Asbestos victim pushes job site reform to protect others

Teresa Page
Photo credit (Kevin Killeen, KMOX)

ST. LOUIS (KMOX) - Construction workers in St. Louis City will have new protections from the dangers of asbestos, under a bill passed by the board of aldermen.

Construction worker Teresa Page says she got cancer from exposure to asbestos on a job site in St. Louis 15 years ago.

"I've had four surgeries. I've had two aggressive rounds of chemo," Page said, "I've lost several organs and several trips in a wheelchair. It's a terminal cancer you get from it.  It's mesothelioma. It's asbestos-related."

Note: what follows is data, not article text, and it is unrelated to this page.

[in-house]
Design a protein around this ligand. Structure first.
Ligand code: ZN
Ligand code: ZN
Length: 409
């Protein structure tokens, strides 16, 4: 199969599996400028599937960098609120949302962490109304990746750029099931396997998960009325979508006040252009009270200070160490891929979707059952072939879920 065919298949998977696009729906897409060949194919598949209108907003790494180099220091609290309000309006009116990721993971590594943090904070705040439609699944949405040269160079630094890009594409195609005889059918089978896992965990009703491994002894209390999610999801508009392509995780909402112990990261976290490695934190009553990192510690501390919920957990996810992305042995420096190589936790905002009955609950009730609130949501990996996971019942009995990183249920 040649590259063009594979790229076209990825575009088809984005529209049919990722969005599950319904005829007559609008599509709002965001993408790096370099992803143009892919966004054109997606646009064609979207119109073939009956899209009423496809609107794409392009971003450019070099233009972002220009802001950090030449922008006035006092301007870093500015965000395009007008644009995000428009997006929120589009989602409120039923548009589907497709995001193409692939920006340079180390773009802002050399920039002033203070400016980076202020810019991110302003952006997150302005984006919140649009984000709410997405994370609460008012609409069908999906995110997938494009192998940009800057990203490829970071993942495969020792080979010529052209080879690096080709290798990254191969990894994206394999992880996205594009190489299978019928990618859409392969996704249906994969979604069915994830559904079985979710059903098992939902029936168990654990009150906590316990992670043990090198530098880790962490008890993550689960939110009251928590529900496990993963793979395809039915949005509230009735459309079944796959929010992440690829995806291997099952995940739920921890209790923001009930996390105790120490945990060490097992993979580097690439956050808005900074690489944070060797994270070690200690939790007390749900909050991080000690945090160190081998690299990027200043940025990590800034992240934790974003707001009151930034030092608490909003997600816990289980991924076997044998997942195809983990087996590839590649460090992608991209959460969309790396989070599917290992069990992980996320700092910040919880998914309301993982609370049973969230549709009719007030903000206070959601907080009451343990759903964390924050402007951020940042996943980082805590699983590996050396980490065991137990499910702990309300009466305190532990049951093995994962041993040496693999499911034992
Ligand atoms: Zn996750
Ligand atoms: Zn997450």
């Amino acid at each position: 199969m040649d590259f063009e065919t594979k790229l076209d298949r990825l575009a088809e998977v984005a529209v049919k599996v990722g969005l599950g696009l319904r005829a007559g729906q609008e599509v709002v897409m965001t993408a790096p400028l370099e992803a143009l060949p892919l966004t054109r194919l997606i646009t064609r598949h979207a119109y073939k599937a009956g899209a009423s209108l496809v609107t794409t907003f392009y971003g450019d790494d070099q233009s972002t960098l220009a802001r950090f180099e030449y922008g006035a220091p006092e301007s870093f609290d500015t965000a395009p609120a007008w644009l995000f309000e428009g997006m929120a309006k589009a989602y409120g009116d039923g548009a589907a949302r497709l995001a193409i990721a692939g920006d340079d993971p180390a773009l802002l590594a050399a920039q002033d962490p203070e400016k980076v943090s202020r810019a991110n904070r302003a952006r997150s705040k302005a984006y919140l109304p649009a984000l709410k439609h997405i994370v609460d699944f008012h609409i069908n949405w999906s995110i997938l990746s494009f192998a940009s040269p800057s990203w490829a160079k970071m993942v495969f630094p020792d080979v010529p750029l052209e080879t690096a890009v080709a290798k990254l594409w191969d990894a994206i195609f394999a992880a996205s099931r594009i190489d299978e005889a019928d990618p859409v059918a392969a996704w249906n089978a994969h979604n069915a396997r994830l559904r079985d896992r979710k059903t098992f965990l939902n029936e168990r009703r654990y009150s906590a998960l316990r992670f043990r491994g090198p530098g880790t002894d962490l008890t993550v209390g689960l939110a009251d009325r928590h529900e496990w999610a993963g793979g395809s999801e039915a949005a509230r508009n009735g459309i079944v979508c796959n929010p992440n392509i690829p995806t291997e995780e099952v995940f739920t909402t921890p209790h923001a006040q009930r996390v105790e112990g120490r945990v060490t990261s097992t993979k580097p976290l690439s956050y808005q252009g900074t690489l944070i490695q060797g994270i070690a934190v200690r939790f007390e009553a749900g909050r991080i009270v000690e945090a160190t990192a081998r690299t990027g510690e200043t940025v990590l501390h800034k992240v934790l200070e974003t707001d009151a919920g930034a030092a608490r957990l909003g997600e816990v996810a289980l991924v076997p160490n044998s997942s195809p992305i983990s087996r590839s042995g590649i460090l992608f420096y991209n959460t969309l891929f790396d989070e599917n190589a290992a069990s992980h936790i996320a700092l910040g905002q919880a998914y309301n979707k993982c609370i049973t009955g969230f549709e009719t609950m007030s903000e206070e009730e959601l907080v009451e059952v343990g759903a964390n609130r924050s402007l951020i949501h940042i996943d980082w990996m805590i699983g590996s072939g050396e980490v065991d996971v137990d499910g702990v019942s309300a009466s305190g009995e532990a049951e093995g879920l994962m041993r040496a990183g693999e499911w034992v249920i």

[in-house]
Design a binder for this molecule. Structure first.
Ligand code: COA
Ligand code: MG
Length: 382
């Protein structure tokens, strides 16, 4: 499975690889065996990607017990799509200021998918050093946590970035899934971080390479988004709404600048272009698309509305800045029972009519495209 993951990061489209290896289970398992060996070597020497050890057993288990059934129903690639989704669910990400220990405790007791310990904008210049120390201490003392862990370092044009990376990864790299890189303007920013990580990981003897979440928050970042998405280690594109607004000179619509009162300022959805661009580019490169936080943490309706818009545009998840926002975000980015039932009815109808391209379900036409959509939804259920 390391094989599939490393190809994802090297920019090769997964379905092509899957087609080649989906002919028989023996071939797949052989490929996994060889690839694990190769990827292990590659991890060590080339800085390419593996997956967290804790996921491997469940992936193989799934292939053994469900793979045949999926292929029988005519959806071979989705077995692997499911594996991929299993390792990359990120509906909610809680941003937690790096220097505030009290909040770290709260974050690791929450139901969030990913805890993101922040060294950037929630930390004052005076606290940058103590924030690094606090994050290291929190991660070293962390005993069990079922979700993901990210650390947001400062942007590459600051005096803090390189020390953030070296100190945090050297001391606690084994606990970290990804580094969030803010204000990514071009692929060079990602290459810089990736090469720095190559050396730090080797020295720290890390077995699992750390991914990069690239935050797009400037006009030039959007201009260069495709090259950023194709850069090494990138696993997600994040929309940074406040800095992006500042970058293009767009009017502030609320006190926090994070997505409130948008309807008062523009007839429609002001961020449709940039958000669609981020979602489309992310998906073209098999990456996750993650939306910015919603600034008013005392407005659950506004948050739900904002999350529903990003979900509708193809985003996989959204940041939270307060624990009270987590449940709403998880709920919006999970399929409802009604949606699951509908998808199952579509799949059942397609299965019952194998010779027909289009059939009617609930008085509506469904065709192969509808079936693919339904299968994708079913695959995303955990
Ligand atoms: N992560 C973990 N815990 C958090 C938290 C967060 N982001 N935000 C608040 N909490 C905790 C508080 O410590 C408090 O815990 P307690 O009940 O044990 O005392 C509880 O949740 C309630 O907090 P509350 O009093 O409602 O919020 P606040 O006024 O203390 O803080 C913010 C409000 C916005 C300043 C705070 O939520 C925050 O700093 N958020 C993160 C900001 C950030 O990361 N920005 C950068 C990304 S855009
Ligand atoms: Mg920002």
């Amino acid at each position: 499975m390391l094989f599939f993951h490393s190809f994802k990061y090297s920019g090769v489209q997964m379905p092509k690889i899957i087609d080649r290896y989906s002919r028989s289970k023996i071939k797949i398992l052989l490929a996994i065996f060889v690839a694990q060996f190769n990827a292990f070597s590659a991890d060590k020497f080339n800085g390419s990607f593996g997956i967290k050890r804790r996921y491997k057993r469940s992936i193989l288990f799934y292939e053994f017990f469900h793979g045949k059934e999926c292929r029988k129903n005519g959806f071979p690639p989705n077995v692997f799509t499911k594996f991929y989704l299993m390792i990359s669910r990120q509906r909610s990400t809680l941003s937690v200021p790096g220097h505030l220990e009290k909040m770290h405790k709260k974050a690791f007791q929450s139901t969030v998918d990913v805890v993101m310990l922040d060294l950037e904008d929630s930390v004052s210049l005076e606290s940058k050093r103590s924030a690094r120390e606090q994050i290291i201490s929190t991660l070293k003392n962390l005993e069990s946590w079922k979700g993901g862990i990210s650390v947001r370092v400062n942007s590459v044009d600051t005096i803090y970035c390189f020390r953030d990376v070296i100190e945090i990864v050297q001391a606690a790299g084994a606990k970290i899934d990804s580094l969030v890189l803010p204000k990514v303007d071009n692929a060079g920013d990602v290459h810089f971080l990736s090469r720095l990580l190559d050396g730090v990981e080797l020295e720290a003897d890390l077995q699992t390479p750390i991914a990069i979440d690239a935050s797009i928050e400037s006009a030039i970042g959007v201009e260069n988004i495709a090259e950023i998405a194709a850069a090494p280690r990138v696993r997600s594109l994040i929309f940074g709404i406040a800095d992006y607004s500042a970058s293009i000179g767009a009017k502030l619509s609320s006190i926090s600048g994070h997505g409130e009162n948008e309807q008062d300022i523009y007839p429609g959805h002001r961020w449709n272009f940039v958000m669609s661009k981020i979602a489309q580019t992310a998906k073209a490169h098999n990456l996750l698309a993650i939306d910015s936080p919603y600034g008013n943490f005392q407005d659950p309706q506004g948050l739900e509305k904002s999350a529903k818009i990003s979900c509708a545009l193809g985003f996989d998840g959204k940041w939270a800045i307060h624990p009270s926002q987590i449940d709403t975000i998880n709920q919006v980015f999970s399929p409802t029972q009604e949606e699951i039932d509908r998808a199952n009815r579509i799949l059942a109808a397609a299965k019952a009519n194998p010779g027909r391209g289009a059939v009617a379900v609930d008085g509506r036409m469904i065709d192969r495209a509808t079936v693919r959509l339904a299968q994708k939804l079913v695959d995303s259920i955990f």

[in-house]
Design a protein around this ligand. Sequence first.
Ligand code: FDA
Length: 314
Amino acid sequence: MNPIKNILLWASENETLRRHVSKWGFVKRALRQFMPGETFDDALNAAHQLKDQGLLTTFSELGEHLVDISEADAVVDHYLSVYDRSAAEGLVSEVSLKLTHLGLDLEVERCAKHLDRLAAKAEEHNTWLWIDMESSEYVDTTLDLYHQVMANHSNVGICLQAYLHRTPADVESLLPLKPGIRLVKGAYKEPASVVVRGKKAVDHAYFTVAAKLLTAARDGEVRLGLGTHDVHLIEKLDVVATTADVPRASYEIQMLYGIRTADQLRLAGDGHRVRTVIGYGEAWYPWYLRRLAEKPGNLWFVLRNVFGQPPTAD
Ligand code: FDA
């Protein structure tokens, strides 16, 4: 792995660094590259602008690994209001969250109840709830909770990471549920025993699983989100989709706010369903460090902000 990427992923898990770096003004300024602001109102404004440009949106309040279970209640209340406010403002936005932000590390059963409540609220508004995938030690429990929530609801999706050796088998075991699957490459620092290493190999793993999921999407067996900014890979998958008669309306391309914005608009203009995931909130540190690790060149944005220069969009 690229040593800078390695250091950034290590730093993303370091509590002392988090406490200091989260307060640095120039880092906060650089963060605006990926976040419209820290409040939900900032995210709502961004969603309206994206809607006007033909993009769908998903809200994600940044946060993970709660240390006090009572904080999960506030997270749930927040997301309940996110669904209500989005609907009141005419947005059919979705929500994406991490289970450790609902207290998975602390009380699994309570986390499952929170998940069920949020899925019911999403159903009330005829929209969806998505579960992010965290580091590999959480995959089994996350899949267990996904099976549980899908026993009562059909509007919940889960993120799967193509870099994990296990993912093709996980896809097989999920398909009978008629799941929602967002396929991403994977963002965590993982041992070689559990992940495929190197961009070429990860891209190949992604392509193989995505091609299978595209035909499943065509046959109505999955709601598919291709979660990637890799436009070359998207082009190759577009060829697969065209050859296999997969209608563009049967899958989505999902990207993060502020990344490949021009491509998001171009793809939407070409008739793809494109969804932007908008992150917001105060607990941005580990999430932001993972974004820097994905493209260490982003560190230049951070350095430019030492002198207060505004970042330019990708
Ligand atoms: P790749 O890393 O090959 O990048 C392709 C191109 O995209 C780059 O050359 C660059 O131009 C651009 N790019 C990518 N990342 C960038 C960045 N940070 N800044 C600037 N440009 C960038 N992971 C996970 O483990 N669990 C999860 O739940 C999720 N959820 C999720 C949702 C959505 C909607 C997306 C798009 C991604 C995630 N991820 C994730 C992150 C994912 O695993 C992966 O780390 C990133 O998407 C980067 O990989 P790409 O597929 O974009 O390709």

Page says she was working on a building demolition with no guidelines or precautions to protect her from asbestos.

"I had no construction training whatsoever," Page said, "I was literally thrown onto a site, just 'here's a hammer and bang a wall down.'  But asbestos was in the air.  I didn't know anything about it. There was just no protection."

Under the bill, city inspectors would have to make sure employers are supplying protective breathing gear for asbestos removal. 

Also there has to be air monitoring, and spraying of the site with water during demolitions to knock down asbestos particles suspended in the air. 

Page says she was celebrating her 44th birthday by watching the board give the bill final passage.

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